Sandy Goodall; Sail designer

Re: Sail Making and Sail Design.

As introduction, Sandy Goodall designed the PT 11 sail. Working with Sean Rankins of NW Sails and Canvas, and Russell, they prototyped and modified the sail to its current size and shape. Sandy is a friend and great to work with but I realized that I knew very little about his career as a sail designer. So I asked. (I have to say, that Sandy is pretty humble.)
Sandy in the PT 11

Ashlyn: How did you get into sailing and sail making?
Sandy: I was very interested in sailing from a fairly early age (my mother was an avid sailor from the Canadian maritimes), and I knew that I wanted to get a job working with sailboats.
So it was either yacht design, boat building or sail making. I ended up choosing sail making, thinking that it involved the least math. (wrong!)

Ashlyn: When, where and how did you learn sail making, and how long have you been doing it?

Sandy: My family was living in Toronto in the late sixties, and the famous Danish sailmaker Hans Fogh (who trained under Paul Elvstrom) had emigrated to Canada, and lived in Toronto.
His loft was not far from my parents’ house, and I visited him and nagged him until he agreed to take me on as his apprentice, after I completed university in 1974. So, it has been 40 years now!

Ashlyn: What types of boats do you deal with?

Sandy: Almost all kinds. My first real responsibility as a young sailmaker was cutting the Laser sails for the newly introduced Laser class dinghy.
But since then, I have sailed, and made sails for everything from Optimist dinghies to square riggers, high tech mono and multi hull racers, and Arab Dhows.
So all kinds of boats, really, and I appreciate all of them for different reasons.

Ashlyn: What type of design tools do you use?

Sandy: When I started sail  making back in 1974, it was all still pretty traditional. The master sailmaker kept all his design notes and secrets in a "little black book", and we apprentices were not necessarily privy to all the tricks of the trade. But we were in search of ways to increase the repeatability of a good design, so we gradually started to reverse engineer the traditional methods, at first using very simple programs written for HP programmable calculators.
Surprisingly, as a non–math person (I studied philosophy at university), I was very interested in this process, which ended up directing my career in sailmaking.
I continued along this path, becoming involved in the ongoing development of sail design software. I ended up selling my share of the Elvstrom Sails loft in Denmark, and focused on sail design software (“SmSw6” and “Azure Project”), and sail design, working free-lance, designing sails for other sailmakers. These days, sail design software is quite sophisticated, and we can do both structural and aerodynamic analysis on proposed sail designs, all on a lap top computer.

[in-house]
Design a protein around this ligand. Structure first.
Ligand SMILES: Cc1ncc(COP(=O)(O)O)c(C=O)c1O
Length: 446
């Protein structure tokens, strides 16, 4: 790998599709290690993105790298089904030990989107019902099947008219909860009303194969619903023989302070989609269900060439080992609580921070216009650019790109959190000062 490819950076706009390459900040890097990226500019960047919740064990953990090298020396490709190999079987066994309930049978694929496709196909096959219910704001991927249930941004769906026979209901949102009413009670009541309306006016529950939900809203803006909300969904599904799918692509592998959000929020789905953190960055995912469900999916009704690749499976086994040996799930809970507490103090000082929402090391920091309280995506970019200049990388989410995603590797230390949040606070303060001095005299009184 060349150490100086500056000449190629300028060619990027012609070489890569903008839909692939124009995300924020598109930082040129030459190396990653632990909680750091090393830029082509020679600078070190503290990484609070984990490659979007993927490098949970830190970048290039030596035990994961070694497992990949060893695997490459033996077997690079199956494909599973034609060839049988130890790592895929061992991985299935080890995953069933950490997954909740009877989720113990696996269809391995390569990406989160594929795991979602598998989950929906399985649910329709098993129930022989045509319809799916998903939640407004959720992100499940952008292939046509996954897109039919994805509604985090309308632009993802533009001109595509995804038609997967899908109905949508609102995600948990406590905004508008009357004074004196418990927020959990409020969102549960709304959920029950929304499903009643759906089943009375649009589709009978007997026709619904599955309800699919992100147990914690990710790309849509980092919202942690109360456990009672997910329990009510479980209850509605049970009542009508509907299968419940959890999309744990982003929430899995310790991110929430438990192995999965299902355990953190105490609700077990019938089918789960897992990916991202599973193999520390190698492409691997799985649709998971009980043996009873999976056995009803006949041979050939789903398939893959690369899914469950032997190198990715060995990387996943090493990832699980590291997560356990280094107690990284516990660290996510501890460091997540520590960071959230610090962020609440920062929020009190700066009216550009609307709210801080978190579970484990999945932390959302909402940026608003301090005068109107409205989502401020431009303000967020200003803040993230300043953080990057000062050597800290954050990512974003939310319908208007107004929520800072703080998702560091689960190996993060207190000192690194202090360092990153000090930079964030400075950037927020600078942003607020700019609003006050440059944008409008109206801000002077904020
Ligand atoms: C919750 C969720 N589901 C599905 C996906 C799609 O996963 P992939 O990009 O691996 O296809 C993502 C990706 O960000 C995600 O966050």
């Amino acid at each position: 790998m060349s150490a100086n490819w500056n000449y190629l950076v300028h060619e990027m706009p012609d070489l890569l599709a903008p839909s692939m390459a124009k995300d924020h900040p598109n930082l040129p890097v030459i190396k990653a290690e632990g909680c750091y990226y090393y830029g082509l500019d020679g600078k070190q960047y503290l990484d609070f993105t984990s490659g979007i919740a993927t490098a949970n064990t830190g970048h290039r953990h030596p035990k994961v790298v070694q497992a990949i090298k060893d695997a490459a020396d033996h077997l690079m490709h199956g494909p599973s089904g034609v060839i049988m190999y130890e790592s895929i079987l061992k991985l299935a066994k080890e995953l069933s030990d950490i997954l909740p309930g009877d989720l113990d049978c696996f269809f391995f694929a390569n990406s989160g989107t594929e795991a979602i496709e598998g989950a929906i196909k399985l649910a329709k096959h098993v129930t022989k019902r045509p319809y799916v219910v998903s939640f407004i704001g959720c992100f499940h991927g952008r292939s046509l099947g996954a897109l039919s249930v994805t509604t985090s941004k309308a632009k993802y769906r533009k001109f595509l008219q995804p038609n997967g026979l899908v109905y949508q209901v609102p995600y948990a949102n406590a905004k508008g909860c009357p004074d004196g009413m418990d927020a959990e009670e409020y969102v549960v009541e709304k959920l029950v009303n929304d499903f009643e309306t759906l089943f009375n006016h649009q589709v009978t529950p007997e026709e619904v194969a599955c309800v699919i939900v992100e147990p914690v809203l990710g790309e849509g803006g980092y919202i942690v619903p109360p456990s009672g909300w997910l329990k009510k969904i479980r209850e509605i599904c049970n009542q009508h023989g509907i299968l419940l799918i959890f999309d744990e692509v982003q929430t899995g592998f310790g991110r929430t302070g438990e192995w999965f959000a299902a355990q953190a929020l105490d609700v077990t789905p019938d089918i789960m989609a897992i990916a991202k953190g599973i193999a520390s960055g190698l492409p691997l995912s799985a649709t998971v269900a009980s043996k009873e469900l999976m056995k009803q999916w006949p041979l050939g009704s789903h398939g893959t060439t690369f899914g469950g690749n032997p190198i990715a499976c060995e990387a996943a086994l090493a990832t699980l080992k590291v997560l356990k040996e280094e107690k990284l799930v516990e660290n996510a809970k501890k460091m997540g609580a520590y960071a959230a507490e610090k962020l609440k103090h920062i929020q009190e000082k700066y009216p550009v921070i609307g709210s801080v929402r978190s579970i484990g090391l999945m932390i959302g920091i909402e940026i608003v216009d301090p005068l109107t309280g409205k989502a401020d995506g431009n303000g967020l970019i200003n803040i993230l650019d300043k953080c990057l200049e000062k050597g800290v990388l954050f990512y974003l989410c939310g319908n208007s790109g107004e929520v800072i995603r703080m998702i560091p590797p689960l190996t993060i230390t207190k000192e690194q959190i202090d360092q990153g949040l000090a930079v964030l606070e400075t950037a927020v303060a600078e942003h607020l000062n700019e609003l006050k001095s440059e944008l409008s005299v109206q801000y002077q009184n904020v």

Ashlyn: Do you manufacture sails?

Sandy: Not any more. I was directly involved with manufacturing sails (Elvstrom Sails Denmark) until 1990, but I have specialized in computer sail design since then.
The digital recipe that is the result of the sail design process is then sent by E mail, and cut on some computer driven machine, to be assembled "somewhere in the world".
I collaborate with quite a number of sailmakers, where I do the design work, and they build the sails. I also coach other sailmakers in the use of the sail design software.

Ashlyn: "Do you think custom sail makers (in the USA for example) still have an impact in a world of factory made sails?"

Sandy: "Yes! It's hard to dispute the fact that the big offshore sail manufacturers offer very attractive prices, due to the economies of scale.
But there will always be an important place for local lofts, producing excellent sails and providing on-the-spot personal service to their clients. I'm happy to be in a position where I can collaborate with these local lofts (like Northwest Sails and Port Townsend Sails). The personal contact, the creative discussions, the boat measuring, prototyping etc. that this close collaboration allows, certainly represents added value for the end user."

Ashlyn: Do you have any favorite boat types, or types of design work?

Sandy: I like all kinds of sail boats, large and small, fast and slow, modern and traditional. But I suppose that I prefer smaller boats, and the projects that involve working with people I know and like.

Ashlyn: Can you predict anything concerning the future of sails and sail making?

Sandy: New high tech materials are constantly being developed at an increasing rate, and we can build sails that are lighter, and less stretchy, than ever before. But these (racing) sails are not necessarily a pleasure to use, for the leisure sailor. So there is still a place for traditional dacron and nylon sails, and there are still many people who appreciate and prefer them.
I think we will see more kites and “thick sails”, and lots more work on hydro foils, and various other drag reducing inventions! The "foiling moth" class is a good example of one of the many interesting directions things are going!

Ashlyn: How can people best contact you?

Sandy: Via E mail, at

Ashlyn: What information should people have on hand to begin a new "design" conversation?

Sandy: To begin with, just the size and type of boat they have, and where they sail, and whether it's racing or cruising. Then we can take it further from there.

Ashlyn: Thank you Sandy! Russell and I feel very fortunate to work with you.
Sandy: You're welcome! I really enjoy working with you and Russell!

Learn more on Sandy’s website;

Read Sandy Goodall's Review of Sailing the PT 11 nesting dinghy.